I am 16 years old; my brother, sister & I were given stock certificates at birth from our grandfather, who has now passed away. My dad was named sole custodian.
It has increased in value significantly over the years.
I just found out that my dad has sold and spent much of my stocks, and ALL of my brother's and sister's. We didn't know about it and the money was all used for day-trading stocks, and he lost it all.
Since we are still minors, and he's the custodian, does he have the right to do this?
If he didn't have that right, what can I do? I still have more stock in his safety deposit box that he might also sell. The family doesn't want to get involved.
My brother and sister are 12 & 14 years old. I'm a Junior in high school. This money was supposed to be for our college.
Disclaimer: The materials provided below are informational and should not be relied upon as legal advice.
If your father was holding the stock only as a trustee for your and your siblings benefits, he should not use the proceeds for purposes other than those designated by the donor (your late grandfather). I suppose if he found out the stock may lose value, depending on the trust terms, he may be able to liquidate the stock and invest them in a safer investment, but only for the purposes designated by the donor. If you are certain your father has misappropriated the funds, you need to immediately consult your own attorney.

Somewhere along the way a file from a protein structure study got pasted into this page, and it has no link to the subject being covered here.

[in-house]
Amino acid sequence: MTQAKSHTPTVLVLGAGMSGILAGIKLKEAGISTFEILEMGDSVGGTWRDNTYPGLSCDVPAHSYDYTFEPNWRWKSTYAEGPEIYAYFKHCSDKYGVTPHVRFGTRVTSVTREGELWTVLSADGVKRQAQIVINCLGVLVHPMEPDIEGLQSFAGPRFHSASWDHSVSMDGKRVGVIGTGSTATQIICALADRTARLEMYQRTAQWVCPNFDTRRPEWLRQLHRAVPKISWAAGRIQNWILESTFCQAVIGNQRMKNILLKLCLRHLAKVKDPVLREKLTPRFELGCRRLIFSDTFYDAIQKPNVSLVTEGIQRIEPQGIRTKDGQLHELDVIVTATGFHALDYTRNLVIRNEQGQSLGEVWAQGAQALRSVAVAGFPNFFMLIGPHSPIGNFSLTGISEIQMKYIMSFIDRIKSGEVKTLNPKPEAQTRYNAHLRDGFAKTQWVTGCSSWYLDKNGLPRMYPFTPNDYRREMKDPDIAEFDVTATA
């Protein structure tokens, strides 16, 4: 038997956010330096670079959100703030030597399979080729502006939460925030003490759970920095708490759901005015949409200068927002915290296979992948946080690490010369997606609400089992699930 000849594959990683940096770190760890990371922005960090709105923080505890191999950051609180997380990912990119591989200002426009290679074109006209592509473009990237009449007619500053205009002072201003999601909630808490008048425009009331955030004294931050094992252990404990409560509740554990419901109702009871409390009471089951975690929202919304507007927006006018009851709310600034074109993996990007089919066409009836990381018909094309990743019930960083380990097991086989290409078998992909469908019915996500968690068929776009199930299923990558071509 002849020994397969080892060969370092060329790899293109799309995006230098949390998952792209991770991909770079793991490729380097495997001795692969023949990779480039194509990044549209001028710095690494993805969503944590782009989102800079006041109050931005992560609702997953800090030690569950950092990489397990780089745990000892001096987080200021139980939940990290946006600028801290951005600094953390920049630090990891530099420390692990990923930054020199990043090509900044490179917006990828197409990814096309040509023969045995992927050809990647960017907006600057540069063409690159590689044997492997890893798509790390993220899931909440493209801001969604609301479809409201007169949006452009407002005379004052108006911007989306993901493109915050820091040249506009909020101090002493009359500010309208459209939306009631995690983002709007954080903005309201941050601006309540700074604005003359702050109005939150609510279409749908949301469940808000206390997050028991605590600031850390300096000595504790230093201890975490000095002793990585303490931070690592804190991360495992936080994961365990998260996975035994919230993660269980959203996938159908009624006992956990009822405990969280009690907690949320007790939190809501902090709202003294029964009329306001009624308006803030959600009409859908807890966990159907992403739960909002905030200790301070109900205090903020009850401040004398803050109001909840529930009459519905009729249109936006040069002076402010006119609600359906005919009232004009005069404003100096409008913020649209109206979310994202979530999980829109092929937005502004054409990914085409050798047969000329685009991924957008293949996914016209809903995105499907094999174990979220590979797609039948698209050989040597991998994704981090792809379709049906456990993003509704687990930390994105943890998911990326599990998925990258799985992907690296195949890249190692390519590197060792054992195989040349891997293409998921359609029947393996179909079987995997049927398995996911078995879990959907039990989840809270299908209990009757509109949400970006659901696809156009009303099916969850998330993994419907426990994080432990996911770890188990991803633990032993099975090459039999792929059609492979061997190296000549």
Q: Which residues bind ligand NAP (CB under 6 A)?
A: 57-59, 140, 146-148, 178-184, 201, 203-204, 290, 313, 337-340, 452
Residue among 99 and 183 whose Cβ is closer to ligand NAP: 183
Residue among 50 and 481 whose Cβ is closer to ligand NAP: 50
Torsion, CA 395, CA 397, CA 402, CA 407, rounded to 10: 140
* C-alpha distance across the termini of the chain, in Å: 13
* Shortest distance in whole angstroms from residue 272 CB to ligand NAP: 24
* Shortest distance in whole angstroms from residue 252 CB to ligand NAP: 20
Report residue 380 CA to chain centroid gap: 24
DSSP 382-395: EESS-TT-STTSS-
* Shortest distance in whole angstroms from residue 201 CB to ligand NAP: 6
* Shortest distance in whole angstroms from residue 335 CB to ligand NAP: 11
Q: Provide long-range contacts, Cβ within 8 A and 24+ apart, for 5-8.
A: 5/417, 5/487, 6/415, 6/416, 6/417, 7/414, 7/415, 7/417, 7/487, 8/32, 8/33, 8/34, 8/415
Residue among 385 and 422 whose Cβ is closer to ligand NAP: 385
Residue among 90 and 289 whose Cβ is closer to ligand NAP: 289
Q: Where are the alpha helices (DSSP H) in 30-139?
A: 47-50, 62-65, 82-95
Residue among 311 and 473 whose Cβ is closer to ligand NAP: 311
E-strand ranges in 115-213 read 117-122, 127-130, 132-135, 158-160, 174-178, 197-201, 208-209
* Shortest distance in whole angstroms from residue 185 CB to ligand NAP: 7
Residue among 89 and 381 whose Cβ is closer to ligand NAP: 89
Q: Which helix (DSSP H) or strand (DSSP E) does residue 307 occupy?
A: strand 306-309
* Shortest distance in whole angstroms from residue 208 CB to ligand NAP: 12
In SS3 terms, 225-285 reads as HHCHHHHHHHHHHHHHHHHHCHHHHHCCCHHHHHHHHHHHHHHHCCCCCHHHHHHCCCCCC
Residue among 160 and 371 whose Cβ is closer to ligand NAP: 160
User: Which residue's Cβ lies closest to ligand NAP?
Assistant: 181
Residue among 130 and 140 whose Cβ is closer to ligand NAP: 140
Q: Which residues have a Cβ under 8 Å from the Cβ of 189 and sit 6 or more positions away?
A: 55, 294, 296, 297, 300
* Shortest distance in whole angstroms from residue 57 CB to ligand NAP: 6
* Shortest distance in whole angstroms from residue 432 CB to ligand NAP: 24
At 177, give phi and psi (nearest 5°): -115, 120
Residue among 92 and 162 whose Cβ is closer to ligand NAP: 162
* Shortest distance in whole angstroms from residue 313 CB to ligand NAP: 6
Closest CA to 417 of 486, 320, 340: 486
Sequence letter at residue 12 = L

It is a challenging and technical issue of fact whether your father was given possession of the stocks or control. If control, there are technical issues of fact as to whether he may have been entitled to exercise certain liquidation and/or re-investment powers. You will need some professional assistance in making the factual determinations necessary to know whether any impropriety occurred. But realize that, even if your father was irresponsible or exceeded his powers with respect to the stocks, unless your father has assets to make good on the losses, there may be no meaningful remedy here.
My responses to questions on Avvo are never intended as legal advice and must not be relied upon as legal advice. I give legal advice only in the course of an attorney-client relationship. Exchange of information through Avvo's Questions forum does not establish an attorney-client relationship with me. That relationship is established only by individual consultation and execution of a written agreement for legal services.
Wills and Living Wills Lawyer
It is very important to know exactly how title to the stock was held to determine your rights. Can you talk to your father (or mother) about the stock? One of the difficulties you may encounter is your age. Once you turn 18 you may want to retain and discuss this issue with an experienced attorney. Prior to 18 you are going to need the assistance of a qualified adult.
No legal representation exists by virtue of this answer. It is recommended that you contact an attorney directly for a more complete response.